Ballindalloch Castle and Gardens


Banffshire AB37 9AX



Set at the heart of Speyside, and close to some of Scotland’s most famous distilleries, Ballindalloch Castle has been occupied by the Macpherson-Grant family since it was completed in 1546.

With towers and turrets, Georgian improvements and Victorian additions, it looks like something out of a children’s fairy story, but at its heart is a Z-plan castle, built at a time when the Highlands were in turmoil and defence took precedence over design.

Today Ballindalloch is famous for its gardens, which flourish despite the castle’s situation in one of the coldest parts of the country, close to the northern edge of the Cairngorm range. The key to success here has been the decision to choose hardy plants that can cope with the conditions and then to use them in large numbers so that they have a powerful impact, while the lengthy daylight hours in summer help to produce rapid growth that more that makes up for the late start to the season.

The show gets underway in April with an extensive display of daffodils and next, the huge rock garden that occupies a slope to one side of the castle starts to perform. Here the vivid tones of rhododendrons and azaleas create a contrast with the bluebells that grow amongst them.

In early summer a laburnum arch drips with yellow blossom and the water gardens come to life, with irises providing splashes of colour at the same time as the walled garden is beginning to fill with the scent of roses. Roses are the main attraction in this 1.5 acre space, with climbers and ramblers sprawling over trellises and hanging in swags from ropes while shrub roses vie for space with perennial flowers in the borders. Roses also grow into a series of cherry trees and here clematis have been encouraged to weave their way through them. At the centre of the garden is a fountain, and statuary of all kinds abounds.

Bounded on three sides by the castle walls is the formal Courtyard Garden, while the woodlands that surround the castle are filled with wildlife and the parkland’s many fine trees provide colour late in the season.

Just beyond the castle, the River Avon flows into the Spey and together these provide a natural border between the formal gardens and the wider estate.



How do you turn a large area of lawn into something distinctive? At Ballindalloch they’ve hit upon a clever idea. Every year they mow circular paths, transforming the area into a grass labyrinth. The labyrinth is a popular spot with children, who also enjoy a dedicated play area, complete with climbing frames, teeny tractors and mini diggers.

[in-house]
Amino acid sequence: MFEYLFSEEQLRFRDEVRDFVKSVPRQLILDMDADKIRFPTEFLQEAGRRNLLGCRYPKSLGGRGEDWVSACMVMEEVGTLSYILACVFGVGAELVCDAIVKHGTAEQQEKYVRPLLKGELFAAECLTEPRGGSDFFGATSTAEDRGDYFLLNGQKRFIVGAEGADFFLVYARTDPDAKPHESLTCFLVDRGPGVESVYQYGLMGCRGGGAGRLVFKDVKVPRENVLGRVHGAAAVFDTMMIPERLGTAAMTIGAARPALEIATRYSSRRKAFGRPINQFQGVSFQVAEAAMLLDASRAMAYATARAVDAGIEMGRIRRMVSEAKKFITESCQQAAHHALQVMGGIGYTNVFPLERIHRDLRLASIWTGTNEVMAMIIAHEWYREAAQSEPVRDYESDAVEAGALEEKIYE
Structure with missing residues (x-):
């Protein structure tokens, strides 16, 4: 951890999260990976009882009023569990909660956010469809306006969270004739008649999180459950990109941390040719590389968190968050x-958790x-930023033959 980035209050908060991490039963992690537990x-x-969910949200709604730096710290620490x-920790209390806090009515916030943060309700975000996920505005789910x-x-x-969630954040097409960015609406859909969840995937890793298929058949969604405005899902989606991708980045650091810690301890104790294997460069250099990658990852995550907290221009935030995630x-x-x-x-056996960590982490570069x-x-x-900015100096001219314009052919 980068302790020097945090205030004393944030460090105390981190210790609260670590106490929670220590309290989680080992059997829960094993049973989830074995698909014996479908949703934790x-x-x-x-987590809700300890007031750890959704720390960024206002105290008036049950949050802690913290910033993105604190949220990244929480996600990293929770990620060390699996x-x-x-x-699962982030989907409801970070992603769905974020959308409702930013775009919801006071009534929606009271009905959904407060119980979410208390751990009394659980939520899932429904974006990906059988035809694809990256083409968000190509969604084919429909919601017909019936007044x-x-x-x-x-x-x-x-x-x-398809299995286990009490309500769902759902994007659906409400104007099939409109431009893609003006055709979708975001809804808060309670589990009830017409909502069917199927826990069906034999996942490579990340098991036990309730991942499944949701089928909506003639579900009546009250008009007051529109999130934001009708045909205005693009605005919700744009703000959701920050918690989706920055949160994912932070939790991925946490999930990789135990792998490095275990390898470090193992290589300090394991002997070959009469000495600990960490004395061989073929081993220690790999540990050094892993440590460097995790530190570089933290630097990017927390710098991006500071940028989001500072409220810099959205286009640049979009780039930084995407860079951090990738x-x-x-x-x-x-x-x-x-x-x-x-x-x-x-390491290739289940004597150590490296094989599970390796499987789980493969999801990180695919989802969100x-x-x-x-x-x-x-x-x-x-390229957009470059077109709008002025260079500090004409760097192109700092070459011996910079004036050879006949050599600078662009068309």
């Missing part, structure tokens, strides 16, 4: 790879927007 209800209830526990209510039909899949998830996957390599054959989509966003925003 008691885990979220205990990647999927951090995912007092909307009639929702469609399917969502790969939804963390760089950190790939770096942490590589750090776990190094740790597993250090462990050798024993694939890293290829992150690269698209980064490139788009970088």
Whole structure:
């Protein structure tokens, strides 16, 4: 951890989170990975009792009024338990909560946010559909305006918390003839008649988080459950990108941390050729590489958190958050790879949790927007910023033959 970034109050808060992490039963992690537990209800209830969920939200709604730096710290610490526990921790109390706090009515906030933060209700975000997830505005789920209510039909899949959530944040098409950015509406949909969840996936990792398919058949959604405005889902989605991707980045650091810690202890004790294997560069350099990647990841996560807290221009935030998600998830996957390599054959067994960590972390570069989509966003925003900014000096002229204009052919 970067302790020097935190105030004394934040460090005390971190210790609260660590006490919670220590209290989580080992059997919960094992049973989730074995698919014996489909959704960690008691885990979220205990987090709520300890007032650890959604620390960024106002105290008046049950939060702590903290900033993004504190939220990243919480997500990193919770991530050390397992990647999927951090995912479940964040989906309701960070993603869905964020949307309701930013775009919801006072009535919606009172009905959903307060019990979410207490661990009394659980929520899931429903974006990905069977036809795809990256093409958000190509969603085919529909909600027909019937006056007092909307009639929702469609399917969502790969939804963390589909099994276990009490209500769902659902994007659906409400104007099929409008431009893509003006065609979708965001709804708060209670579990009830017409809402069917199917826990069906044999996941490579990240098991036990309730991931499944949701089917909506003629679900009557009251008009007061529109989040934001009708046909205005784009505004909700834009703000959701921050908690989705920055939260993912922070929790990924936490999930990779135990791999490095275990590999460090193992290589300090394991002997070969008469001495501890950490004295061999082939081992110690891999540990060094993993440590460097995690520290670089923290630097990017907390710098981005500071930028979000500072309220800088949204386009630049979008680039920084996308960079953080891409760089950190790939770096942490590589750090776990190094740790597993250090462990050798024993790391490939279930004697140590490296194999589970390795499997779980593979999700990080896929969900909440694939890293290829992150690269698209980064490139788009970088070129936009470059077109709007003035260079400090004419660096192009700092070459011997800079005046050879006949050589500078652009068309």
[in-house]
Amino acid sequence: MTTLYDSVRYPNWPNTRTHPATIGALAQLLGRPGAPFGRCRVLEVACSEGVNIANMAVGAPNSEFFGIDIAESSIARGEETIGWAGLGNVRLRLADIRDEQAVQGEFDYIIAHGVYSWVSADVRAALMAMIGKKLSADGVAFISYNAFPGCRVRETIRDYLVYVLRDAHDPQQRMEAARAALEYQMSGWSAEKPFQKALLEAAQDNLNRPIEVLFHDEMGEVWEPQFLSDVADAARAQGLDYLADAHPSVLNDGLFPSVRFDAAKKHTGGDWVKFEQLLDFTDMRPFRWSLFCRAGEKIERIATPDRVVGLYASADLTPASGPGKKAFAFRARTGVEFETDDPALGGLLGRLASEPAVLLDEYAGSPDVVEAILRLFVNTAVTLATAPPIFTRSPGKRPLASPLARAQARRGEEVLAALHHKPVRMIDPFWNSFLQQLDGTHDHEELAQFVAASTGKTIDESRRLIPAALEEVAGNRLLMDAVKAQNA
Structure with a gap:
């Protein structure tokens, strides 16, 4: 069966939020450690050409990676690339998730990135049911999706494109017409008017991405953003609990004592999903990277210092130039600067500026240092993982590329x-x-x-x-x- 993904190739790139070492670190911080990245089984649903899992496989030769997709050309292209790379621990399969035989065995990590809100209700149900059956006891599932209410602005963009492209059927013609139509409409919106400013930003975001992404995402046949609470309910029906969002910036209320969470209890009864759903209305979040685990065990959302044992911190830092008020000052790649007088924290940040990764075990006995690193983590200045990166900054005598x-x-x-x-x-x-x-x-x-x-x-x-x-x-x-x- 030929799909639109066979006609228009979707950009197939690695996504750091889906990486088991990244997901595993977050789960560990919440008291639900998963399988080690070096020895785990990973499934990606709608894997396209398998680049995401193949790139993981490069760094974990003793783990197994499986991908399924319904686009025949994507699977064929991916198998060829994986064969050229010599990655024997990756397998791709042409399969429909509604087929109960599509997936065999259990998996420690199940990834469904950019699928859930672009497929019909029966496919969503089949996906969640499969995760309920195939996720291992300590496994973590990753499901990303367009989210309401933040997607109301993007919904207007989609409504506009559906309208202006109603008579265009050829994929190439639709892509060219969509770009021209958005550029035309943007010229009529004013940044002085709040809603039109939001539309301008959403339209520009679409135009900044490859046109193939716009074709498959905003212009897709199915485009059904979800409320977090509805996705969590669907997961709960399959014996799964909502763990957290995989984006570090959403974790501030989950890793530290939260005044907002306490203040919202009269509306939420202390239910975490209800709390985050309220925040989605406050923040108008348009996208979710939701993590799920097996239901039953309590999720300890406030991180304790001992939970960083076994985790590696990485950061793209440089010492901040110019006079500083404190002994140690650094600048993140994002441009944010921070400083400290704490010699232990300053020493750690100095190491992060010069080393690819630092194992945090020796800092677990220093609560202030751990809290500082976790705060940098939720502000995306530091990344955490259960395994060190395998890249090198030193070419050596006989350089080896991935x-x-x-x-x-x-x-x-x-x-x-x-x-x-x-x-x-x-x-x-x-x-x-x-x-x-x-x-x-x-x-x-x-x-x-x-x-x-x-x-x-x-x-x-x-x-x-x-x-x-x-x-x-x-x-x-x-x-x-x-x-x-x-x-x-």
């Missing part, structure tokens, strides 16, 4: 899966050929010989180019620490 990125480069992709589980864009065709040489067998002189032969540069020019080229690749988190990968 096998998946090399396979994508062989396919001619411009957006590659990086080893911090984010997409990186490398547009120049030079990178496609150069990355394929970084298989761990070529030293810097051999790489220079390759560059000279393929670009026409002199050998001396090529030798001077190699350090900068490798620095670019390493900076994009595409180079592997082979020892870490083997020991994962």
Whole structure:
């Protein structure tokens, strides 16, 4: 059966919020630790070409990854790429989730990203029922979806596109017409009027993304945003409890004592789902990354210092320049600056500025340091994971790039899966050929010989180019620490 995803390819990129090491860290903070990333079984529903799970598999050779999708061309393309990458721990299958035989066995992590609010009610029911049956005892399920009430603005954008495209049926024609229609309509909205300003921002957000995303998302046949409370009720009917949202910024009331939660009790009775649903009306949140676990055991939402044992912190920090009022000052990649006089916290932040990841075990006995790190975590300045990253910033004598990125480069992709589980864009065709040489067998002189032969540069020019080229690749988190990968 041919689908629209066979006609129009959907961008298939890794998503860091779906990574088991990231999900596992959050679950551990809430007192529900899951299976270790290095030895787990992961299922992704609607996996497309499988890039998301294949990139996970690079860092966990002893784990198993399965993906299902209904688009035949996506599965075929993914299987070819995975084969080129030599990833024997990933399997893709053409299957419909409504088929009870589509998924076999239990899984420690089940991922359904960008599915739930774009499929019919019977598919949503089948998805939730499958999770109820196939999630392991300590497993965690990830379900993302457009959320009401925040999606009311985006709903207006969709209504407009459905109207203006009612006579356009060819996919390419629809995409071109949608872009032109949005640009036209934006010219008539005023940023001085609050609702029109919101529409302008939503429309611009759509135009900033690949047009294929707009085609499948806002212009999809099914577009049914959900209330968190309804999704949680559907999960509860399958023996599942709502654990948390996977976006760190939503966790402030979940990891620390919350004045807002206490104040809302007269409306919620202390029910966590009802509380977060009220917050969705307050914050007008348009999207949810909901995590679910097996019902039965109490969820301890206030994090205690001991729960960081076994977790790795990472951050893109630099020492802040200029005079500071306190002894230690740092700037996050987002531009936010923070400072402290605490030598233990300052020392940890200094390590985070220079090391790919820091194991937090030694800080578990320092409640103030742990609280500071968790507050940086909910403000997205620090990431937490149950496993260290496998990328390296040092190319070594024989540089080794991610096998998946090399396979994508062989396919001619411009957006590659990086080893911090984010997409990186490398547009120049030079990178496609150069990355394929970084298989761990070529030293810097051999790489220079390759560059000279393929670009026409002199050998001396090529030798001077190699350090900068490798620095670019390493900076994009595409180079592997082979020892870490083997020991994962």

Some of the lawns at Ballindalloch are bordered by a ha-ha, an architectural device for keeping stock out of formal areas without the need for a wall or fence.



Ballindalloch’s long history has endowed it with some fine memorials to its past, including an18th-century doo’cot and a stone archway that once spanned the main entrance to the castle and into which the family coat of arms and motto – “Touch not the cat bot a glove” – has been carved.



Meadows and woodland line the Spey and Avon and there are designated walks along the river banks as well as a section of the Speyside Way, which runs for 65 miles from Aviemore to Buckie on the Moray Firth . Dogs on leads are welcome on these and in other defined parts of the estate.



Ballindalloch Castle is filled with treasures collected over the family’s long tenure. There is a shop and a renowned cafe selling homemade soups, scones and cakes. The Laird’s mother, Clare Russell has not only devoted herself to the gardens, but she is also a successful cookery writer and her books are available for sale from the shop.The estate is also home to Ballindalloch Distillery, makers of Scotland’s first “single estate” whisky.



The gardens are open Sunday-Thursday, 10am-5pm. Tickets (gardens only): £8/£5/free (aged under 6). Ballindalloch Castle lies off the A95, 21 miles south of Elgin.



There is accessible parking and toilets and wheelchair access to the gardens.

Tel: 01807 500205